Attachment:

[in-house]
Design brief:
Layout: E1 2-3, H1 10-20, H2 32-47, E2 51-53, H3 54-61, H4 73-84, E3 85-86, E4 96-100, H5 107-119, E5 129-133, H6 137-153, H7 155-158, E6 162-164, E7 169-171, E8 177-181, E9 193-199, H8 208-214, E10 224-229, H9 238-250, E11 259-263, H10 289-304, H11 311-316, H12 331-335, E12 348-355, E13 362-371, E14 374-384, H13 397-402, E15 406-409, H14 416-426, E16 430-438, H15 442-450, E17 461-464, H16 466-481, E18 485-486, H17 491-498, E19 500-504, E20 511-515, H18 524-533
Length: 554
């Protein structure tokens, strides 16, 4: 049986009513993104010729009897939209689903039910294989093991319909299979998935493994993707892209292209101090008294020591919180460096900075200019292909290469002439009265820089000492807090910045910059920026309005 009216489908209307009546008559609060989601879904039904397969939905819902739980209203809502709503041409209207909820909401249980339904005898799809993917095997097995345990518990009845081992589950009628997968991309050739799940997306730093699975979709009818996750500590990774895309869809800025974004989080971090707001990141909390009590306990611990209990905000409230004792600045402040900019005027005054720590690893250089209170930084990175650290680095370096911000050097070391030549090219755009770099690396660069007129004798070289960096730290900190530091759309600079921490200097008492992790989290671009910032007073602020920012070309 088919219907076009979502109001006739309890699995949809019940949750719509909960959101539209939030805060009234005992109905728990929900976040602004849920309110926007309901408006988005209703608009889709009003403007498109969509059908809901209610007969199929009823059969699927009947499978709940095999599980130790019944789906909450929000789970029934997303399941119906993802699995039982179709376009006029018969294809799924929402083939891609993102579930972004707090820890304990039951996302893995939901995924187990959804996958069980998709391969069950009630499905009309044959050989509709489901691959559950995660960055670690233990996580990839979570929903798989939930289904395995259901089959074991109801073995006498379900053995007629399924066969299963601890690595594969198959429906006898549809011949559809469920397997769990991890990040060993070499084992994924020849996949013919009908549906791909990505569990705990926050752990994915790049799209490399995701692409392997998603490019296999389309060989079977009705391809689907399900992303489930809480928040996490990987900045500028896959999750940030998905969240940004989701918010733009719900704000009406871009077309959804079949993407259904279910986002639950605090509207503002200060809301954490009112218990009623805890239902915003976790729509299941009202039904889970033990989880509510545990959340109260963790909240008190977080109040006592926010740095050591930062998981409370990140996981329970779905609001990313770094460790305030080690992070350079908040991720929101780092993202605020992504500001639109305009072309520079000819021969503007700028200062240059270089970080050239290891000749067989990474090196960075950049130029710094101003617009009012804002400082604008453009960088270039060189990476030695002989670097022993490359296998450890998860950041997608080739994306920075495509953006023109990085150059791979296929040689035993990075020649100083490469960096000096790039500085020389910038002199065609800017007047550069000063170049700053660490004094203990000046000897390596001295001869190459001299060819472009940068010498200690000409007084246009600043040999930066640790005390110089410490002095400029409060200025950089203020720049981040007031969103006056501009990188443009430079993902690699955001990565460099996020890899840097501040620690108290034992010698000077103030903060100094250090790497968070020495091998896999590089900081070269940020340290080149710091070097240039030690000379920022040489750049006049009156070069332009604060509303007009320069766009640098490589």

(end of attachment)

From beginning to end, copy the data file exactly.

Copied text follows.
[in-house]
Design brief:
Layout: E1 2-3, H1 10-20, H2 32-47, E2 51-53, H3 54-61, H4 73-84, E3 85-86, E4 96-100, H5 107-119, E5 129-133, H6 137-153, H7 155-158, E6 162-164, E7 169-171, E8 177-181, E9 193-199, H8 208-214, E10 224-229, H9 238-250, E11 259-263, H10 289-304, H11 311-316, H12 331-335, E12 348-355, E13 362-371, E14 374-384, H13 397-402, E15 406-409, H14 416-426, E16 430-438, H15 442-450, E17 461-464, H16 466-481, E18 485-486, H17 491-498, E19 500-504, E20 511-515, H18 524-533
Length: 554
């Protein structure tokens, strides 16, 4: 049986009513993104010729009897939209689903039910294989093991319909299979998935493994993707892209292209101090008294020591919180460096900075200019292909290469002439009265820089000492807090910045910059920026309005 009216489908209307009546008559609060989601879904039904397969939905819902739980209203809502709503041409209207909820909401249980339904005898799809993917095997097995345990518990009845081992589950009628997968991309050739799940997306730093699975979709009818996750500590990774895309869809800025974004989080971090707001990141909390009590306990611990209990905000409230004792600045402040900019005027005054720590690893250089209170930084990175650290680095370096911000050097070391030549090219755009770099690396660069007129004798070289960096730290900190530091759309600079921490200097008492992790989290671009910032007073602020920012070309 088919219907076009979502109001006739309890699995949809019940949750719509909960959101539209939030805060009234005992109905728990929900976040602004849920309110926007309901408006988005209703608009889709009003403007498109969509059908809901209610007969199929009823059969699927009947499978709940095999599980130790019944789906909450929000789970029934997303399941119906993802699995039982179709376009006029018969294809799924929402083939891609993102579930972004707090820890304990039951996302893995939901995924187990959804996958069980998709391969069950009630499905009309044959050989509709489901691959559950995660960055670690233990996580990839979570929903798989939930289904395995259901089959074991109801073995006498379900053995007629399924066969299963601890690595594969198959429906006898549809011949559809469920397997769990991890990040060993070499084992994924020849996949013919009908549906791909990505569990705990926050752990994915790049799209490399995701692409392997998603490019296999389309060989079977009705391809689907399900992303489930809480928040996490990987900045500028896959999750940030998905969240940004989701918010733009719900704000009406871009077309959804079949993407259904279910986002639950605090509207503002200060809301954490009112218990009623805890239902915003976790729509299941009202039904889970033990989880509510545990959340109260963790909240008190977080109040006592926010740095050591930062998981409370990140996981329970779905609001990313770094460790305030080690992070350079908040991720929101780092993202605020992504500001639109305009072309520079000819021969503007700028200062240059270089970080050239290891000749067989990474090196960075950049130029710094101003617009009012804002400082604008453009960088270039060189990476030695002989670097022993490359296998450890998860950041997608080739994306920075495509953006023109990085150059791979296929040689035993990075020649100083490469960096000096790039500085020389910038002199065609800017007047550069000063170049700053660490004094203990000046000897390596001295001869190459001299060819472009940068010498200690000409007084246009600043040999930066640790005390110089410490002095400029409060200025950089203020720049981040007031969103006056501009990188443009430079993902690699955001990565460099996020890899840097501040620690108290034992010698000077103030903060100094250090790497968070020495091998896999590089900081070269940020340290080149710091070097240039030690000379920022040489750049006049009156070069332009604060509303007009320069766009640098490589």